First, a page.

Share This Page

Kids Castle in Cranberry Community Park nears completion

| Saturday, Sept. 21, 2013, 9:00 p.m.
Philip G. Pavely | Tribune-Review
Work continues around the Kids Castle playground at Cranberry Community Park Wednesday, September 18, 2013. The brand-new play area is spread out over one-acre in the park.
Philip G. Pavely | Tribune-Review
Work continues around the Kids Castle playground at Cranberry Community Park Wednesday, September 18, 2013. The brand-new play area is spread out over one-acre in the park.
Philip G. Pavely | Tribune-Review
Russ Baker, with General Recreation, spreads out the newly dumped rubber at Cranberry Community Park Wednesday, September 18, 2013. The brand-new play area is spread out over one-acre in the park.
Philip G. Pavely | Tribune-Review
Russ Baker, with General Recreation, spreads out the newly dumped rubber at Cranberry Community Park Wednesday, September 18, 2013. The brand-new play area is spread out over one-acre in the park.

The new, one-of-a-kind Kids Castle Playground at Cranberry Community Park is nearing completion after months of fundraising, planning and construction.

“It will be a very special playground and one that involved over 5,000 people to make a reality. And that is what makes it a ‘community' playground,” said township supervisor Bruce Mazzoni.

A dedication ceremony at 4:30 p.m. Thursday will mark the official opening of the community-designed facility.

The Cranberry Township Community Chest selected the playground as its 2013 community project of the year. The community chest committed $50,000 toward the nearly $500,000 cost of the Kids Castle playground to be used for playground equipment.

Additional funding came from a slew of sources, including local businesses, organizations and community members.

“It's been all hands on deck,” said township Manager Jerry Andree. “Everybody is involved with the playground.”

The Kids Castle will consist of three distinct parts that reflect Cranberry's history and future, Andree said.

The Yesterday area will have swings, climbing areas, rolling hills and riding animals, according plans on the community chest website. The Today area will have a custom-built play area and feature a clock tower similar to the one at the municipal building. The Tomorrow area will have the latest in play structures and playground technology.

“It creates a lot of interplay,” Andree said.

He said there will also be places for parents and other adults to sit while children play.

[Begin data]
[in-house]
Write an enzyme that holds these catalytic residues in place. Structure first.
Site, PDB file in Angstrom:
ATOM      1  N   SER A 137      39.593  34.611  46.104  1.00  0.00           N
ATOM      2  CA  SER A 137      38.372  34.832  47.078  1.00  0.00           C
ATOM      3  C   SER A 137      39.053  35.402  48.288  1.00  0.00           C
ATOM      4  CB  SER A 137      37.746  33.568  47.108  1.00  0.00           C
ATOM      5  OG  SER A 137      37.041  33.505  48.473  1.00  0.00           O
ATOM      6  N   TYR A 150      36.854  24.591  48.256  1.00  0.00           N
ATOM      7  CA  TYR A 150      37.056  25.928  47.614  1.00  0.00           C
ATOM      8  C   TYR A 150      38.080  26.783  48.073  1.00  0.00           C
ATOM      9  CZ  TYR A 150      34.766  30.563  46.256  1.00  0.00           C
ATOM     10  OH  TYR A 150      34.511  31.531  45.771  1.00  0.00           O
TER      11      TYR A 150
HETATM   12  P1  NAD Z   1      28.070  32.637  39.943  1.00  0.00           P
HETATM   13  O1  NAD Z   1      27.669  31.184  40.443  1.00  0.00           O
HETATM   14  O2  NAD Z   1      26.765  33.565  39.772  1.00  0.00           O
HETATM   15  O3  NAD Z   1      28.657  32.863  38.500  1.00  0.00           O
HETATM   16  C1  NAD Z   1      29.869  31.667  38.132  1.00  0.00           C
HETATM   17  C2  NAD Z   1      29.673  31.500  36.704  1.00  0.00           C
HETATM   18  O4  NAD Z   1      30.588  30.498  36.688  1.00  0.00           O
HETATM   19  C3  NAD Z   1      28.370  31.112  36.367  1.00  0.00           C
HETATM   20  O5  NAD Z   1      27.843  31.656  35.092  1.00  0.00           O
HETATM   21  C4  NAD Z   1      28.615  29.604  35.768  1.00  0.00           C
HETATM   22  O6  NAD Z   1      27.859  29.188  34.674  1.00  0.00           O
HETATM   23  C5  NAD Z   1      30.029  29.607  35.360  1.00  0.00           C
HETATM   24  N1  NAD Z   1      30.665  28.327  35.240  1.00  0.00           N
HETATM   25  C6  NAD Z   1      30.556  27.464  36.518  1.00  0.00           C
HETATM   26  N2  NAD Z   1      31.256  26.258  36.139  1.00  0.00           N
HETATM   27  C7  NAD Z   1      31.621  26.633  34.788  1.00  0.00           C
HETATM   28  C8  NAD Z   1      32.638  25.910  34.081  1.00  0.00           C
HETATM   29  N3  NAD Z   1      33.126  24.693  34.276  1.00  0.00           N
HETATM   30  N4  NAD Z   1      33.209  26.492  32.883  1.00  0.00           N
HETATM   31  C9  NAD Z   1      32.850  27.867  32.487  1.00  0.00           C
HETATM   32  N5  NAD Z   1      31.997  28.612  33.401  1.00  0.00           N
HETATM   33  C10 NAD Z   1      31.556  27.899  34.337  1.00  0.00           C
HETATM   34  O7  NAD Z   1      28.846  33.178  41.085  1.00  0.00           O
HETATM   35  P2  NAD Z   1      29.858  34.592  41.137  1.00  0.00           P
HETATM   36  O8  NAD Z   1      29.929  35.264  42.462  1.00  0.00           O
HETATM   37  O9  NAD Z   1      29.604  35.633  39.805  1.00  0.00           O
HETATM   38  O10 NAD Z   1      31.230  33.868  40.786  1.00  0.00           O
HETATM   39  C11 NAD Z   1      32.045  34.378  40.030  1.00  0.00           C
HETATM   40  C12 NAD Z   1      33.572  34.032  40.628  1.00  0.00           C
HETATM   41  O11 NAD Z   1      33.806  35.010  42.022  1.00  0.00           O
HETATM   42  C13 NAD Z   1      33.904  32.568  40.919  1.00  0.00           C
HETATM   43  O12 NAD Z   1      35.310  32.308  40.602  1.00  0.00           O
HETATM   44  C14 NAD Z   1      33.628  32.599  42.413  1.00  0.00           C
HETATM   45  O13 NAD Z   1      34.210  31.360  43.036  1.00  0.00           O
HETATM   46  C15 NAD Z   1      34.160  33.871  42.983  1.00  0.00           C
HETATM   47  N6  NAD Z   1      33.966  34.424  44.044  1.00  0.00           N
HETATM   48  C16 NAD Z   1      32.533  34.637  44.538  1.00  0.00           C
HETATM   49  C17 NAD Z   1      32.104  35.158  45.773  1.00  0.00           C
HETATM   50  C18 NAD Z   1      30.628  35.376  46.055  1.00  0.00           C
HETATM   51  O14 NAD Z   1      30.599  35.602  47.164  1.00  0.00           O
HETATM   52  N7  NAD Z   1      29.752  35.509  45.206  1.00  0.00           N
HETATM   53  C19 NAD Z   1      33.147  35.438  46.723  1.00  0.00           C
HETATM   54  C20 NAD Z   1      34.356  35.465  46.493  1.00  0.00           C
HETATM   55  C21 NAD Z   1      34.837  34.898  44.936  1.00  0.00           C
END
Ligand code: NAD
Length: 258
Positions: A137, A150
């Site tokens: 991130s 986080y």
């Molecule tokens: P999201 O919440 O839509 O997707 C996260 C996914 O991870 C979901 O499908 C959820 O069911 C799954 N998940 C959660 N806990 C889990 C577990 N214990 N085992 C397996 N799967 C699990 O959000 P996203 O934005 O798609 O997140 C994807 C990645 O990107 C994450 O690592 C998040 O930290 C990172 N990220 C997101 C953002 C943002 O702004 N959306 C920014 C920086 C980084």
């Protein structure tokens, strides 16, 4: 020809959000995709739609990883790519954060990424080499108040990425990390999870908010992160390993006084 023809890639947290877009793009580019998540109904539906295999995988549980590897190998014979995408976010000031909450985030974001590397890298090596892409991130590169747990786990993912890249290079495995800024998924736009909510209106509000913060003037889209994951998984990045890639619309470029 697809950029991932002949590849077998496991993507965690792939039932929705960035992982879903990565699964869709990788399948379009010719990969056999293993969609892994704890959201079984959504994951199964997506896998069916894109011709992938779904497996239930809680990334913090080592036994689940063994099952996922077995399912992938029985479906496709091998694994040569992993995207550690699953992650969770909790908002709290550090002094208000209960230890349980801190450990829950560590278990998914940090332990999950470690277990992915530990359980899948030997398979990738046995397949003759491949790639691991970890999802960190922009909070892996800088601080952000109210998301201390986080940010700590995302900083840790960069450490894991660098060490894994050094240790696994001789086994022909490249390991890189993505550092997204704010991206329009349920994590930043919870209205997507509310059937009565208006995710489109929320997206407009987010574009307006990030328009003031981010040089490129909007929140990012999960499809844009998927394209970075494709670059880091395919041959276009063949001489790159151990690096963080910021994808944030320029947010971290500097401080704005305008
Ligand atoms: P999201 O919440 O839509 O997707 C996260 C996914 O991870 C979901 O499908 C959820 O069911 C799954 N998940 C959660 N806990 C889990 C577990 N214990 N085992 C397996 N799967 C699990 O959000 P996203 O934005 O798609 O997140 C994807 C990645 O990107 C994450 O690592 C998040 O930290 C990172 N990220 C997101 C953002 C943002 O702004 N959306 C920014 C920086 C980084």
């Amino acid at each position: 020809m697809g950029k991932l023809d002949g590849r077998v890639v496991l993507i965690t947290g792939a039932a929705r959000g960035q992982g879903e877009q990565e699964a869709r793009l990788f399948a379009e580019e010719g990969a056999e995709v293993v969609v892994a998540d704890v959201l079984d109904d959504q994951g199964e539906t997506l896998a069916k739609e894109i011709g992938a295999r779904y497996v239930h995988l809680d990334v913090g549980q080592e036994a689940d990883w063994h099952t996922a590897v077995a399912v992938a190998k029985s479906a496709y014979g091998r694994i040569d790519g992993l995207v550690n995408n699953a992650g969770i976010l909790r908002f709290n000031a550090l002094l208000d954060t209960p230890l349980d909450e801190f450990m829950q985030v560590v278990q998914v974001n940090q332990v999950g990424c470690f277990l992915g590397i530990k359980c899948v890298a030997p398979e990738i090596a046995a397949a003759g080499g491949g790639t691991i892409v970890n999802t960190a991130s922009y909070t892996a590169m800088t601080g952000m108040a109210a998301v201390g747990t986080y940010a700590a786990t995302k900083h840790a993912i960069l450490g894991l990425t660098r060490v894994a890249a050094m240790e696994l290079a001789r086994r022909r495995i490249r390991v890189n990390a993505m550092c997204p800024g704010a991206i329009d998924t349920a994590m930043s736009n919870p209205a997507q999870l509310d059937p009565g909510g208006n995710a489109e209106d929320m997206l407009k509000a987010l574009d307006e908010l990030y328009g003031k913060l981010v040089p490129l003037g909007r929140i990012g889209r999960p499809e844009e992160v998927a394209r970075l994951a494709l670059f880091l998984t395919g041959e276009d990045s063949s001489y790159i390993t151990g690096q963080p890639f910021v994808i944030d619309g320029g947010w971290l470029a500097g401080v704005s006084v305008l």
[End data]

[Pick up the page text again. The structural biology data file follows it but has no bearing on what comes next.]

“It's much more than a kid's playground. It's more of a family retreat area,” Andree said.

Kids Castle is replacing the old Playtime Palace, which was opened in 1990.

Volunteers from Westinghouse Electric Co. and Alcoa, Inc. helped dismantle the old Playtime Palace in April.

Some of the wood from Playtime Palace was pressure-washed and stained for use in the Yesterday section of the Kids Castle.

Construction on the new playground began in mid-July, Andree said. Hundreds of people volunteered in shifts to help build the Today section of the playground during a community-build weekend in August.

Cranberry officials said the Playtime Palace was too old to maintain and did not comply with current safety standards.

The new playground is built from materials that will not rot and require less maintenance, Mazzoni said. It will also exceed Public Playground Safety Guidelines standards and Americans With Disabilities Act requirements.

“Many pieces of the equipment are very unique and one of a kind,” Mazzoni said.

Rachel Farkas is a staff writer for Trib Total Media. She can be reached at 724-779-6902 or rfarkas@tribweb.com.

TribLIVE commenting policy

You are solely responsible for your comments and by using TribLive.com you agree to our Terms of Service.

We moderate comments. Our goal is to provide substantive commentary for a general readership. By screening submissions, we provide a space where readers can share intelligent and informed commentary that enhances the quality of our news and information.

While most comments will be posted if they are on-topic and not abusive, moderating decisions are subjective. We will make them as carefully and consistently as we can. Because of the volume of reader comments, we cannot review individual moderation decisions with readers.

We value thoughtful comments representing a range of views that make their point quickly and politely. We make an effort to protect discussions from repeated comments either by the same reader or different readers

We follow the same standards for taste as the daily newspaper. A few things we won't tolerate: personal attacks, obscenity, vulgarity, profanity (including expletives and letters followed by dashes), commercial promotion, impersonations, incoherence, proselytizing and SHOUTING. Don't include URLs to Web sites.

We do not edit comments. They are either approved or deleted. We reserve the right to edit a comment that is quoted or excerpted in an article. In this case, we may fix spelling and punctuation.

We welcome strong opinions and criticism of our work, but we don't want comments to become bogged down with discussions of our policies and we will moderate accordingly.

We appreciate it when readers and people quoted in articles or blog posts point out errors of fact or emphasis and will investigate all assertions. But these suggestions should be sent via e-mail. To avoid distracting other readers, we won't publish comments that suggest a correction. Instead, corrections will be made in a blog post or in an article.